“Sidney Poitier is bringing his friends to dinner” — Thoughts on Uncommon Common Ground

This response to the new book Uncommon Common Ground: Race and America’s Future is written by E. Ethelbert Miller, a literary activist and board chair of the Institute for Policy Studies.

Since the election of President Obama, America has been walking around like Katharine Hepburn the first time she meets Sidney Poitier in the movie Guess Who’s Coming to Dinner. Is there such a thing as intellectual speechlessness?

In the 21st century the challenge is how best to create a new American narrative. Only when this is done will we be able to discuss racial equity. The new society requires a new vocabulary and language.  Many of us are still groping in the dark.

So much begins with Obama but ends with ourselves.  In their book, Uncommon Common Ground, Angela Glover Blackwell, Stewart Kwoh, and Manuel Pastor include their personal narratives. Their stories add a nice glitter to the opening chapter of this book. To some extent the three personal profiles overshadow the charts and graphs by reminding us that people make history.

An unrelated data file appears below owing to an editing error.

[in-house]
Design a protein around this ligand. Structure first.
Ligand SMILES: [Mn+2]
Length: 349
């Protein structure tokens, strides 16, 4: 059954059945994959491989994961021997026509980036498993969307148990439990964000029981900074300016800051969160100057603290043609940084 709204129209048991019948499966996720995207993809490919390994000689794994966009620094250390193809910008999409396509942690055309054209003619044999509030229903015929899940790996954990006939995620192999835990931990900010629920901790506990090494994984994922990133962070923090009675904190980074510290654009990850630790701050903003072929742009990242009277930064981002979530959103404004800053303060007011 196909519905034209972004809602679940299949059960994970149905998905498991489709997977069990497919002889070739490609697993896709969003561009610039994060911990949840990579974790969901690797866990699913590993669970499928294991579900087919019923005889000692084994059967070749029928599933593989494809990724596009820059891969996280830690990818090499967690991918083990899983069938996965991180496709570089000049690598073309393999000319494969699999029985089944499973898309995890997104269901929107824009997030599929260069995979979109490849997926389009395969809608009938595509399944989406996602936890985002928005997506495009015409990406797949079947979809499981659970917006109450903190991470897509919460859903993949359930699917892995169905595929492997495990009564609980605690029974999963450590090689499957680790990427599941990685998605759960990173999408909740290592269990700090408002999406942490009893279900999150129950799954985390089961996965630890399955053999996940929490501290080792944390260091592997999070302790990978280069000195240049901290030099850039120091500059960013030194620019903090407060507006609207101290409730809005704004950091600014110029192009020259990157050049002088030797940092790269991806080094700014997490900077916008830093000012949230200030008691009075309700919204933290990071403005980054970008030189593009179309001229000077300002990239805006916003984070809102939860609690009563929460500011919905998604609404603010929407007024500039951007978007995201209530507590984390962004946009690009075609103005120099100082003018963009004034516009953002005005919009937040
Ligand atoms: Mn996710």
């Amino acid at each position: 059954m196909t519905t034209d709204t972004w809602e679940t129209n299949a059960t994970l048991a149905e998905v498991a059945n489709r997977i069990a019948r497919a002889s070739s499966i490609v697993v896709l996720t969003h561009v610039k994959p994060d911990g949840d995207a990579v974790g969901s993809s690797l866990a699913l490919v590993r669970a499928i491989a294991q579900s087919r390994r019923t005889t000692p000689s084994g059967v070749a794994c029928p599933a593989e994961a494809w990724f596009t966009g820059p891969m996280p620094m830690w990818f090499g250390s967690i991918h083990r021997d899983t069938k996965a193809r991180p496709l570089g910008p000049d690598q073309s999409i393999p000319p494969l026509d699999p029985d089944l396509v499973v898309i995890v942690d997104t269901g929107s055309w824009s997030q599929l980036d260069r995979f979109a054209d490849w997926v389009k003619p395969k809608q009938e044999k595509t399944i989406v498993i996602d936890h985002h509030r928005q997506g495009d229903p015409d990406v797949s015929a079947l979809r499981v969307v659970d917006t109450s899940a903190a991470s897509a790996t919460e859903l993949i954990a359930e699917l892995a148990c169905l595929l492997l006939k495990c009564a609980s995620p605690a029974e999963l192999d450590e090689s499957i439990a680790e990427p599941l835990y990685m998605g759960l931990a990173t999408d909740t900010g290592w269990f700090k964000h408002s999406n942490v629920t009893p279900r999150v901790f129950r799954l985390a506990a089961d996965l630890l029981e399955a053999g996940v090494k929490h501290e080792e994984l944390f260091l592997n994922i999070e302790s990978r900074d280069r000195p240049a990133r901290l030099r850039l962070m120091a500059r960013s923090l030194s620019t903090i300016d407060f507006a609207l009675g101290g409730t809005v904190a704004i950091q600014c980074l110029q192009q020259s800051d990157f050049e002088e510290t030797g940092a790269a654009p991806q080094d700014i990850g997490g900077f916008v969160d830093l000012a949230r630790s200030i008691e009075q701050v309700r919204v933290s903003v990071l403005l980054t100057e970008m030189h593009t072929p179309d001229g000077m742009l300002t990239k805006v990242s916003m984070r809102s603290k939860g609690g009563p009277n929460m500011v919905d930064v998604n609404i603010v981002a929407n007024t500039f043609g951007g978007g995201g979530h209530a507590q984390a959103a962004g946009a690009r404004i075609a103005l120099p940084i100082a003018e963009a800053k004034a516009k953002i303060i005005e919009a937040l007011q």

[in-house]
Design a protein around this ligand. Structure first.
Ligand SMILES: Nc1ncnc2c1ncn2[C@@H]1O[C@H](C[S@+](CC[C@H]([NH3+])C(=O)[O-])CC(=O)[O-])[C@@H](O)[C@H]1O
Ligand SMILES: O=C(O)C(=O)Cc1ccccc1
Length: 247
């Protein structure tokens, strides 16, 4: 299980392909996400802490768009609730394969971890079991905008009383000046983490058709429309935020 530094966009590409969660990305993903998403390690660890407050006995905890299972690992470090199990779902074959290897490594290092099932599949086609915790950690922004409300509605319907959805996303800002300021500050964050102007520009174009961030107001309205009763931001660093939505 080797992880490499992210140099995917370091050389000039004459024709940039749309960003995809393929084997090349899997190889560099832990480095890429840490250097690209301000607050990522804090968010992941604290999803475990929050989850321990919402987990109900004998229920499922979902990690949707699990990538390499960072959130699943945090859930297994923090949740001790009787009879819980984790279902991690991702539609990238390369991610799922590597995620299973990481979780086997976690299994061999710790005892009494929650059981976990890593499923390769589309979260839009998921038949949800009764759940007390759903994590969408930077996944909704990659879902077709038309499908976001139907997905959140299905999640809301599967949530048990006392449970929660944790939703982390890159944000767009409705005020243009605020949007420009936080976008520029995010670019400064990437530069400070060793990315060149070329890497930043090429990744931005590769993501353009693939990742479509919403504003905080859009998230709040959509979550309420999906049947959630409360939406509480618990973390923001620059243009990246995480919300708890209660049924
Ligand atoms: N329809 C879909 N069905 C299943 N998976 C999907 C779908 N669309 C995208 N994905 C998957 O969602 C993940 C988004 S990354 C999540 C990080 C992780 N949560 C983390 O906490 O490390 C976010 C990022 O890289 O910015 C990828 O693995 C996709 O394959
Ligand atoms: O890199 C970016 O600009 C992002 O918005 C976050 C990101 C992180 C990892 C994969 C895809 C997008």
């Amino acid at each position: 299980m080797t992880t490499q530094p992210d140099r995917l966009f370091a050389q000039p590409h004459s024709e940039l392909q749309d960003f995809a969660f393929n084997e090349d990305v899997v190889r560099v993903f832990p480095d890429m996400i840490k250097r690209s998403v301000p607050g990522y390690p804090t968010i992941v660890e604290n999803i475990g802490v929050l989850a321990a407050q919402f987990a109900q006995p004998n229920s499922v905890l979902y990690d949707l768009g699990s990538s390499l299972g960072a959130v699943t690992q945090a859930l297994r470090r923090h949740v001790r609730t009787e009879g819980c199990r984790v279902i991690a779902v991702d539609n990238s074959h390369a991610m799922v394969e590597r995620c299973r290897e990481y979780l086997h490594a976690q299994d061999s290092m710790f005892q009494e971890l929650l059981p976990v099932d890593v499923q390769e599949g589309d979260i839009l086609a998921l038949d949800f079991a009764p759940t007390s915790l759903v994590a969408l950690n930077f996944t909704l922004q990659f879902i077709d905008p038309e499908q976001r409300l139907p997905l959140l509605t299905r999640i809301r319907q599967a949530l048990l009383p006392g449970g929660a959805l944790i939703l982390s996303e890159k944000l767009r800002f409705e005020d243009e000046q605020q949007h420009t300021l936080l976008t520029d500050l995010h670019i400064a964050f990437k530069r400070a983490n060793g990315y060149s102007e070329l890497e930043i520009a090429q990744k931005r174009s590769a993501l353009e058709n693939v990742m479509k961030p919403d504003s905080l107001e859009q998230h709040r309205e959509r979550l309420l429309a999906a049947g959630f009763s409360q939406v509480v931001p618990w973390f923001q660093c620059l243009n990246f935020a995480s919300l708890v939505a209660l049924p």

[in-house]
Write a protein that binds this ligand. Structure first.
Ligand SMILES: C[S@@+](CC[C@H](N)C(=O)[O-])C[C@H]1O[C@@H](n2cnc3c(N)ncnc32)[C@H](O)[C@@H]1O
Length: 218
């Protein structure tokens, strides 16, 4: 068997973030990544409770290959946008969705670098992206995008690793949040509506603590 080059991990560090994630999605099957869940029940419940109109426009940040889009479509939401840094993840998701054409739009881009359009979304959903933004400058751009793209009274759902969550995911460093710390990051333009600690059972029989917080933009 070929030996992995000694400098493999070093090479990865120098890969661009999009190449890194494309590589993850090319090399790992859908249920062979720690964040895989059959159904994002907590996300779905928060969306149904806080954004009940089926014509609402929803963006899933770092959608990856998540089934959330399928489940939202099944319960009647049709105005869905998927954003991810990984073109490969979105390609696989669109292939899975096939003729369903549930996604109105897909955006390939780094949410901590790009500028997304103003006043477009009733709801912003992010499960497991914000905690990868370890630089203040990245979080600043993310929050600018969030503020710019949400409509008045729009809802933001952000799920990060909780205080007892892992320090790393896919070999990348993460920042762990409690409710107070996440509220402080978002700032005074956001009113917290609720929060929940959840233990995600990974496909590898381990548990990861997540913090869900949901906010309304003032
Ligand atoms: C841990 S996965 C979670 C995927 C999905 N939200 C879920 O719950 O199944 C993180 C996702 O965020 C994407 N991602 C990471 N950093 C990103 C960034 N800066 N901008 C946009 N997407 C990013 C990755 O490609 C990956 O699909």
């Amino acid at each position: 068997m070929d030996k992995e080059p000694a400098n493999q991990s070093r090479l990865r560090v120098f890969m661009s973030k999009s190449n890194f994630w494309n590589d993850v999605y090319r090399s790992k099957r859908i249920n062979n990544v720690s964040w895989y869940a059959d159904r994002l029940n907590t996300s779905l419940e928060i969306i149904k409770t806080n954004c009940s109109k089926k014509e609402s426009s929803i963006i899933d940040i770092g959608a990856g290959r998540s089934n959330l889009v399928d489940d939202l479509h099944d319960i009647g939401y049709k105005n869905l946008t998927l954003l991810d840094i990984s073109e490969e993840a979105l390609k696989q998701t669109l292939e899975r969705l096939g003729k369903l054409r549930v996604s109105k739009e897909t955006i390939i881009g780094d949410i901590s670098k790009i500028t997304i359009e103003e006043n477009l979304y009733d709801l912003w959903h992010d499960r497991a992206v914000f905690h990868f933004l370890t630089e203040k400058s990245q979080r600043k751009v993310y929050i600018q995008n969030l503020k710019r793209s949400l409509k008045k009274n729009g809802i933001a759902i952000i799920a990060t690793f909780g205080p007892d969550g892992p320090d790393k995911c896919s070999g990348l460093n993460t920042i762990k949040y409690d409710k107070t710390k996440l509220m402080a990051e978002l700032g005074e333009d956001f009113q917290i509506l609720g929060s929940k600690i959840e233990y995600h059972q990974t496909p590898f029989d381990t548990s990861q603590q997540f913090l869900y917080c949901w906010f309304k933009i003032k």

Race is not going into hibernation for four or eight years because of what Obama does.  The new narrative of the 21st century is that America is a multicultural nation. Sidney Poitier is bringing his friends to dinner. Blackwell, Kwoh, and Pastor remind us that there is a difference between racial equality and racial equity. They see the hope for change in the emergence of a new leadership with skills that embrace the technology that is eliminating old structures at a rapid pace.

But how do we move beyond the old narrative?  Uncommon Common Ground successfully “maps” the old terrain.  There is mention here of Roosevelt’s New  Deal, but one wonders if reference should have been made to his second bill of rights. This book proclaims that “there has never been a better opportunity to make good on America’s promise.”  With equity, people will begin to reinvent America. One wonders if the new narrative will result in a more perfect union.

The challenge is not simply finding common ground as we move forward but also defining the word community. Are we using it the way King did?  Do we still believe we should try to build the beloved community?  According to Blackwell, Kwoh, and Pastor the leaders for racial equity “have and will come in different shapes and sizes, hailing from the religious, labor, business and political spheres.”

Uncommon Common Ground should be placed in the hands of all future storytellers. Let them speak truth to the people.

Photo via Tom Terrell

No comments yet... Be the first to leave a reply!

Leave a Reply

You must be logged in to post a comment.